Types of voices


Text-to-Speech generates audio data of natural, human-like speech. That is, it creates audio that sounds like a person talking. When you send a synthesis request to Text-to-Speech, you must specify a voice.

There are a wide selection of voices available for you to pick from in Text-to-Speech. The voices differ by language, gender, and accent (for some languages). Some languages have multiple voices to choose from. See the Supported Voices page for a complete list of voices available in your language. You can tell Text-to-Speech to use a specific voice from this list by setting the VoiceSelectionParams fields when you send a request to the API. See the Text-to-Speech Quickstarts for details on how to send a synthesize request.

Journey voices

Journey voices, based on AudioLM, are spontaneous conversational voices.

Consider using them for:

  • Virtual assistants
  • Customer service chatbots
  • Interactive education applications

Example 1. The en-US-Journey-F voice

Casual voices (Preview)

Casual voices were designed to manage a conversational, imperfect dialogue for naturalness and comfort with human users. They support disfluencies (oh, uh, um, mhm) and have a more natural cadence and tone.

Studio voices

Studio voices are narration voices designed for news reading and broadcast content.

Example 1. The en-US-Studio-O voice reading the Great Gatsby.

Neural2 voices

The Text-to-Speech API provides a voice tier called Neural2. Neural2 voices are based on the same technology used to create a Custom Voice. Neural2 allows anyone to use Custom Voice technology without training their own custom voice. They're available in global and single region endpoints.

Example 1. Neural2 voice

WaveNet voices

The Text-to-Speech API also offers a group of premium voices generated using a WaveNet model, the same technology used to produce speech for Google Assistant, Google Search, and Google Translate. WaveNet technology provides more than just a series of synthetic voices: it represents a new way of creating synthetic speech.

A WaveNet generates speech that sounds more natural than other text-to-speech systems. It synthesizes speech with more human-like emphasis and inflection on syllables, phonemes, and words.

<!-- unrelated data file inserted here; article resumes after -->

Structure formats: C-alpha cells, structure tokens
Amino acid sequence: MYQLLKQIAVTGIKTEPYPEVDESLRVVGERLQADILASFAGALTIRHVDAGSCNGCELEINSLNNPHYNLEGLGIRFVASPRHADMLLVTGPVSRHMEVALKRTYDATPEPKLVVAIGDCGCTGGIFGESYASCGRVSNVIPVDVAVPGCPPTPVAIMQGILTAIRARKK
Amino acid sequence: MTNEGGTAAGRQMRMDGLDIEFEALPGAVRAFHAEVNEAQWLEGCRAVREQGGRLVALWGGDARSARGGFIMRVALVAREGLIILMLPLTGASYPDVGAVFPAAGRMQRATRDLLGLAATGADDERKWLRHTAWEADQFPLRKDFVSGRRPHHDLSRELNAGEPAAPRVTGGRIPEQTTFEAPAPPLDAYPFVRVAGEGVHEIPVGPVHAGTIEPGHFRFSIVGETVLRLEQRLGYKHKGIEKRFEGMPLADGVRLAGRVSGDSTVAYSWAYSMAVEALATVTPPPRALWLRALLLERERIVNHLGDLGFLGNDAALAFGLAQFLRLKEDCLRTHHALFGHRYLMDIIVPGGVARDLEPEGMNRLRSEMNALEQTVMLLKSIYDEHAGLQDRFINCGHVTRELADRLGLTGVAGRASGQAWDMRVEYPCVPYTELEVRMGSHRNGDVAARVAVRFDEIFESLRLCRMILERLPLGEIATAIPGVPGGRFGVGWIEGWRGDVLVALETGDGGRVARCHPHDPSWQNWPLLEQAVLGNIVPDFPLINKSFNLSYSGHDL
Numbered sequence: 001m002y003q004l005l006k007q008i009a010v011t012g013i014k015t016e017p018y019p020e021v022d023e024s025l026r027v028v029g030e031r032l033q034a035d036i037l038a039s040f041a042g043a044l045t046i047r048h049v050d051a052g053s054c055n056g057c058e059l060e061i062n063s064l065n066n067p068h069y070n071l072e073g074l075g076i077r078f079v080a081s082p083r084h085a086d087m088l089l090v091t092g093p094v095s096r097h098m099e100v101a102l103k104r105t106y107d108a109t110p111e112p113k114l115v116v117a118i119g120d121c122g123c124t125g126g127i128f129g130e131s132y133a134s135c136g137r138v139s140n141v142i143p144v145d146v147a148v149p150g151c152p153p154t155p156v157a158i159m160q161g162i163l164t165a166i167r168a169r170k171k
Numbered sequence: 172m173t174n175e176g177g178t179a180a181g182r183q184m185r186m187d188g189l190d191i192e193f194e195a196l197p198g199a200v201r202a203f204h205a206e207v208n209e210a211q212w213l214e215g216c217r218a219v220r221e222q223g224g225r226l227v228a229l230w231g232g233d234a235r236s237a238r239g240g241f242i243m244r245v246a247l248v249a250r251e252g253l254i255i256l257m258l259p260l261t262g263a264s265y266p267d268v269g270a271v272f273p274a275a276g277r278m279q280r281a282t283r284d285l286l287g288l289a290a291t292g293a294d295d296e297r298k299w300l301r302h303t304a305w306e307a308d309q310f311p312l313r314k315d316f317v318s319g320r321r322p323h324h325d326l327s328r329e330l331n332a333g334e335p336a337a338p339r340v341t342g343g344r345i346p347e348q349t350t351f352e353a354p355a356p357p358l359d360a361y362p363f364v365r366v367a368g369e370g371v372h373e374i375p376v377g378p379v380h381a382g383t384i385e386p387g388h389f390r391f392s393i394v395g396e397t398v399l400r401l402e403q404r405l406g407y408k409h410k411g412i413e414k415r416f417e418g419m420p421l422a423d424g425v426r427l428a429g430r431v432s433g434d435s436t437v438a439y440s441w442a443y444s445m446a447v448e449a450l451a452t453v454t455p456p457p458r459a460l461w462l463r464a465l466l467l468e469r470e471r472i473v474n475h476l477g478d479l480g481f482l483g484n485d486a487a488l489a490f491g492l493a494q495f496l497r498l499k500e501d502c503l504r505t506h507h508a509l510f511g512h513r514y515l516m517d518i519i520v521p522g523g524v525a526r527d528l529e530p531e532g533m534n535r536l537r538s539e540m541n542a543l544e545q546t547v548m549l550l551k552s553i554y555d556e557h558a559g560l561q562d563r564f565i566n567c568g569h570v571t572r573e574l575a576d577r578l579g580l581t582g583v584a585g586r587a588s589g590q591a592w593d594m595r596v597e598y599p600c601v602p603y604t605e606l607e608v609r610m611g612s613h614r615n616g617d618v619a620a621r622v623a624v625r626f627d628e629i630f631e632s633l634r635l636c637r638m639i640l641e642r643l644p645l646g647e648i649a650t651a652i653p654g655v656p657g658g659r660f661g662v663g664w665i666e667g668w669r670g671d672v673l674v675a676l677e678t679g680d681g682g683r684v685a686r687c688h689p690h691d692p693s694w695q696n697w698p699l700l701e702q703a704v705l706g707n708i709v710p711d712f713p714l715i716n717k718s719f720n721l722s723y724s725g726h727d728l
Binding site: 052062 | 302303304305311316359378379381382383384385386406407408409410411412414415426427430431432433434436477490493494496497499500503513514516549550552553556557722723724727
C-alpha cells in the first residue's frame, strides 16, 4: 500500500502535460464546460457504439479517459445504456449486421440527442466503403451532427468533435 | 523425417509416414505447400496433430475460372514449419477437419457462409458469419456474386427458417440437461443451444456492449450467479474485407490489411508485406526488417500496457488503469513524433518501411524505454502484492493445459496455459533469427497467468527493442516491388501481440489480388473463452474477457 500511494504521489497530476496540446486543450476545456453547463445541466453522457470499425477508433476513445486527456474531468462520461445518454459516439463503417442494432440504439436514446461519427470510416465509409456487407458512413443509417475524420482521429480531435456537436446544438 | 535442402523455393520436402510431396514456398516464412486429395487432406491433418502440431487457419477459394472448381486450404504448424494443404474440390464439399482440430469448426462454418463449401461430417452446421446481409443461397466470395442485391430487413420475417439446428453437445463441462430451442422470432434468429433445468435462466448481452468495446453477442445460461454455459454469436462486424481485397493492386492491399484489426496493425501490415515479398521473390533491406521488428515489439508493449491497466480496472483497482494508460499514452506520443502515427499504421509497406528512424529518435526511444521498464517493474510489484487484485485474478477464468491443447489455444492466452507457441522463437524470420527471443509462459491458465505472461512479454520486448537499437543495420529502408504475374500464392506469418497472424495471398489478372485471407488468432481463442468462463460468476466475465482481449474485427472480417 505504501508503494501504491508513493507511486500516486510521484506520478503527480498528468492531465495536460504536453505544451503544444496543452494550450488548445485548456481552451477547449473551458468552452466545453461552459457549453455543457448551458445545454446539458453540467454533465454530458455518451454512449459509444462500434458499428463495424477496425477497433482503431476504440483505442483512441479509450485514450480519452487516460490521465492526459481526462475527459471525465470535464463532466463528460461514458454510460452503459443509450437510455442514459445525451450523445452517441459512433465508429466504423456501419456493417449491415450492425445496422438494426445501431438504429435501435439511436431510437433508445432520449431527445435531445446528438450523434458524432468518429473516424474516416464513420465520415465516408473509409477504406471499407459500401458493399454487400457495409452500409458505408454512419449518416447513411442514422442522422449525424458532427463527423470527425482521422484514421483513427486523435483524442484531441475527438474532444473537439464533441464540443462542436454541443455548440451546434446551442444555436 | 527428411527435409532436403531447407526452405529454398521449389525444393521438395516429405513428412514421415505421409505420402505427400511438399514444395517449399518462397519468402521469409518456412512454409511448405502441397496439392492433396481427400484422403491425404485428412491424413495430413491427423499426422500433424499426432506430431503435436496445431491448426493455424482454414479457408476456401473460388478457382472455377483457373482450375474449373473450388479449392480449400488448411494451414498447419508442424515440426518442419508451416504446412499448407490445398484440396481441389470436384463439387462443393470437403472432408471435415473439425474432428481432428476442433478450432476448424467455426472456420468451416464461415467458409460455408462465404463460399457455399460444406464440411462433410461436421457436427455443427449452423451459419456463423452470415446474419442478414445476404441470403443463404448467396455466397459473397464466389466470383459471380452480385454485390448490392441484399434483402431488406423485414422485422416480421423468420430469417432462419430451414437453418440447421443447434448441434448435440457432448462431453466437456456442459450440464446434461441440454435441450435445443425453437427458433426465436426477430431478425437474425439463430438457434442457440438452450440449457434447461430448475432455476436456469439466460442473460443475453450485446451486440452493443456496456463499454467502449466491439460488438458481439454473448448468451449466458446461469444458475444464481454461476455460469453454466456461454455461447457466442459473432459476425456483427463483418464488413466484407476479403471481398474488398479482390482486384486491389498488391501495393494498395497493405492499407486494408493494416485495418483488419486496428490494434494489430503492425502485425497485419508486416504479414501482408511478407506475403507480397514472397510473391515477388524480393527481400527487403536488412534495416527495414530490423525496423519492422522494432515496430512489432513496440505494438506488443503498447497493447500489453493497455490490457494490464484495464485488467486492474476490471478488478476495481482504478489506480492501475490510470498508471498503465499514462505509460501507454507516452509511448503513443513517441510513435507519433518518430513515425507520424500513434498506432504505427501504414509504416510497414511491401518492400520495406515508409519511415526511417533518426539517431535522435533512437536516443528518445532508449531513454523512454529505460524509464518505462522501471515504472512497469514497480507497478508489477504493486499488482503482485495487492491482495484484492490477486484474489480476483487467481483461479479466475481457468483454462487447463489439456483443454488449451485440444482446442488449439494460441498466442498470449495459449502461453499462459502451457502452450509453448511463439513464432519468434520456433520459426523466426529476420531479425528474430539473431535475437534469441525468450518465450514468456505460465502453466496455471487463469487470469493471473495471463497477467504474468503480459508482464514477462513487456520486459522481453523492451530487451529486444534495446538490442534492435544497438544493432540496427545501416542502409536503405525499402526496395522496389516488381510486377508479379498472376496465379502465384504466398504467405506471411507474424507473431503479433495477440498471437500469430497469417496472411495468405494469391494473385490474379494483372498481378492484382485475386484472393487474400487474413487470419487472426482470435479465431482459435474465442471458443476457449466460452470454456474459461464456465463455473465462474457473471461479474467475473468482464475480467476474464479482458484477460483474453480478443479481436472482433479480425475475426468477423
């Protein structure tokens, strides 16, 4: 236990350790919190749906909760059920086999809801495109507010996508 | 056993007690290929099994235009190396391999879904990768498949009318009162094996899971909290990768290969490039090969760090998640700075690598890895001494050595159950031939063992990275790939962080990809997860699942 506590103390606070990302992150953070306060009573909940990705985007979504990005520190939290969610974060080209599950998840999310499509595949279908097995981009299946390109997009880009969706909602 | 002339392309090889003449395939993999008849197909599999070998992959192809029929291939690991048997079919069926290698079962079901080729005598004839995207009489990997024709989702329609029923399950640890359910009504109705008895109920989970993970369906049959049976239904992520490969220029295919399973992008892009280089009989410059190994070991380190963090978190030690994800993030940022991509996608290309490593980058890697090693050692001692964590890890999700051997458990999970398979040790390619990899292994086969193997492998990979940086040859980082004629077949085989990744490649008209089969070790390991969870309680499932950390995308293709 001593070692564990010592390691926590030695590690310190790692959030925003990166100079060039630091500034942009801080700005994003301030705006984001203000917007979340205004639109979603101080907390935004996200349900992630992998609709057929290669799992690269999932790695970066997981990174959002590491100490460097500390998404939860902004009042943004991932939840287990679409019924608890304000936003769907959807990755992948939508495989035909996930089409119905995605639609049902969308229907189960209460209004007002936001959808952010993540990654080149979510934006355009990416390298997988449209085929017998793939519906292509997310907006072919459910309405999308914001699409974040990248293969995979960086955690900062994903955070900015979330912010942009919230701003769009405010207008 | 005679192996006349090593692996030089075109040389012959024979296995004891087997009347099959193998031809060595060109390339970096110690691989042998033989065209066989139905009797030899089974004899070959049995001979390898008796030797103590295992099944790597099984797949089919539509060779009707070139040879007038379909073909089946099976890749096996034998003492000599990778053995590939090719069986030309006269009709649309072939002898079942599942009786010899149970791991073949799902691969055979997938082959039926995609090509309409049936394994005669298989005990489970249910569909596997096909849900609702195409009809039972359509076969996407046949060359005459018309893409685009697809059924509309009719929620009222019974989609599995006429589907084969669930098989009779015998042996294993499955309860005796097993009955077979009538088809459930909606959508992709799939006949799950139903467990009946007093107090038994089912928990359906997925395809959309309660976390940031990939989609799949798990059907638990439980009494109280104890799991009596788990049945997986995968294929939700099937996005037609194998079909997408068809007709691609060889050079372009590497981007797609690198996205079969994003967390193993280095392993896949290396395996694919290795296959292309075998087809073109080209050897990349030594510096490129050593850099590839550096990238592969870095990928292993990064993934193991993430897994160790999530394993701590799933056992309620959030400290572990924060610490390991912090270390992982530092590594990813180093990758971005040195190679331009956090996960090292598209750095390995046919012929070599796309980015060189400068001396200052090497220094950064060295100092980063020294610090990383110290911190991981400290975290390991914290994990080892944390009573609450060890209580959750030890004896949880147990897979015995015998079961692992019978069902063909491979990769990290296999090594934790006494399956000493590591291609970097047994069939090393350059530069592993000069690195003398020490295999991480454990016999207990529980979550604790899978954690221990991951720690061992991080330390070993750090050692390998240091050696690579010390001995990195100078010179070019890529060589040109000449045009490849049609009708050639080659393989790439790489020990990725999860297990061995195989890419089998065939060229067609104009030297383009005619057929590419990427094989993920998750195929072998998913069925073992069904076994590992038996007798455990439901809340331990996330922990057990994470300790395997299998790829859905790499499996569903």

Chart shows WaveNet has highest preference by native speakers Figure 1. Chart showing comparison of WaveNet to other synthetic voices, human speech. The y-axis values represent the Mean Opinion Score (MOS) for each voice. Test subjects ranked each voice on a scale of 1-5 according to how much it sounded like natural speech. For more information on MOS scores and WaveNet technology, see the DeepMind WaveNet page.

Unlike most other text-to-speech systems, a WaveNet model creates raw audio waveforms from scratch. The model uses a neural network that has been trained using a large volume of speech samples. During training, the network extracts the underlying structure of the speech, such as which tones follow each other and what a realistic speech waveform looks like. When given a text input, the trained WaveNet model can generate the corresponding speech waveforms from scratch, one sample at a time, with up to 24,000 samples per second and seamless transitions between the individual sounds.

To hear the difference between a WaveNet-generated audio clip and a clip generated by another text-to-speech process, compare the two audio clips below.

Example 1. High quality, non-WaveNet voice

Example 2. WaveNet voice

Standard voices

The voices offered by Text-to-Speech differ in how they are produced, the synthetic speech technology used to create the machine model of the voice. One common speech technology, parametric text-to-speech, typically generates audio data by passing outputs through signal processing algorithms known as vocoders. Many of the standard voices available in Text-to-Speech use a variation of this technology.

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